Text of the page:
Helen and Paul World Tour 2005/06 travel blog

Off Isla Rabida a turtle emerges long enough to get something of...

Off Isla Sombrero Chino we managed to see our first Galapagos penguins

The peak of Isla Sombrero China - so called because from a...

What a star!

The boat had sailed slowly throughout the night arriving at Isla Rabida at 5am. After breakfast we had a wet landing onto the north part of the small island. A few sea lions greeted us on the red sands of the beach. A lagoon was visited before walking a path that rises up passing by prickly pear cactus to a viewpoint above the carmine cliffs. We returned to the beach and negotiated the red-hot sand to reach the sea to begin snorkelling close to the rocks and marvel at the fish in the waters.

To get out of the sea when the snorkel was over we had to avoid upsetting the male sea lion that was barking at us to stay away from his ladies.

The panga arrived to take avid snorkellers to the other side of the rocks to see what they could see there. Helen opted out of the second snorkel.

Lunch was served back on the Friendsh while we sailed the short but choppy distance to Isla Sombrero Chino, so called because the island resembles a Chinese hat - it did so with use of imagination.

The panga took us past two Galapagos penguins that were standing on the rocks near to the wet landing onto a tiny beach. More sea lions on this beach, one youthful pup was definitely showing off his moves in the water, he kept looking up at us to make sure we were watching.

We clambered over bombs (rocks thrown out by a volcano eruption) to follow a rocky trail to a vantage point overlooking cliffs. The path lead us over lava flows frozen in motion. Not much wildlife due to the lack of cactus on this island this is because the island is one of the youngest in the Galapagos Archipelago but across the sea looking easterly we could see an older island that had many cacti.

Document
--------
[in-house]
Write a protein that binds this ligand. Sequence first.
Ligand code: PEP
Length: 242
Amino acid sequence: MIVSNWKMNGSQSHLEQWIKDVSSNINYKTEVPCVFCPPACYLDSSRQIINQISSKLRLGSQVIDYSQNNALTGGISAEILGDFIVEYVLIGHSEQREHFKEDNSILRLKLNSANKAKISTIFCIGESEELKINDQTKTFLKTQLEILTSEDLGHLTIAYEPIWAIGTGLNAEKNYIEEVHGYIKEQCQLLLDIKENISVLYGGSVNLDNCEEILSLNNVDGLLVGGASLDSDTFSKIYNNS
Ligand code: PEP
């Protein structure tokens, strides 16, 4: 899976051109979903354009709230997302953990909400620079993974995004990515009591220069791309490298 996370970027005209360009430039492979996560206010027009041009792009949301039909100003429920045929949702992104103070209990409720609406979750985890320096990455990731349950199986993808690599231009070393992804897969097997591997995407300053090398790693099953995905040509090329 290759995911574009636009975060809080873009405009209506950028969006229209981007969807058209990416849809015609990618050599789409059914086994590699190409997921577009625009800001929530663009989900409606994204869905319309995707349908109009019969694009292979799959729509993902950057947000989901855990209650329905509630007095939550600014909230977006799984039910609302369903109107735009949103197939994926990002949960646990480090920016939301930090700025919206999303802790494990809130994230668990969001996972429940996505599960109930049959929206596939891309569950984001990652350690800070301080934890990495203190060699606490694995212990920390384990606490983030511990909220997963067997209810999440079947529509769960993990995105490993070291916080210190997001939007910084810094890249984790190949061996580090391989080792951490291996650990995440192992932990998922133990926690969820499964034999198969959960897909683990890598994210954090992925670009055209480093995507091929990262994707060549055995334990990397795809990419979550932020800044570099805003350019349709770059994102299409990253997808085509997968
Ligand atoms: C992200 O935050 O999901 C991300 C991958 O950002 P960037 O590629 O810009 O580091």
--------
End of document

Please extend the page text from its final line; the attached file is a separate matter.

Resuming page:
The Galapagos Islands are located on one of the most active volcanic regions on earth: the Nazca Plate. This plate moves eastward towards South America because of the spreading of the sea floor, at a rate of 2.75 inches per year. This plate moves over a stationary area of intense heat or "hot spot" which "builds" the islands. Thus, the oldest part of the archipelago is found at the east of the cluster. The older islands have a lot more cacti growth on them, which is a source of food for wildlife, mainly iguanas.

The group was dropped off by the panga near some rocks from where we snorkelled back to the Friendsh. The two penguins that we saw refused to come in the water to play with us. Paul swam with sea lions again; Helen missed this as she swam away to shallower waters, scared in case a shark was lurking in the deep waters. The swim back to the Friensh was difficult as the current was strong; the crewmembers were on hand to haul us back onto deck. The boat sailed whilst we enjoyed cold beers on the top deck enjoying the sunset over the islands. We arrived at Isla Bartolome before we retired to our cabins.

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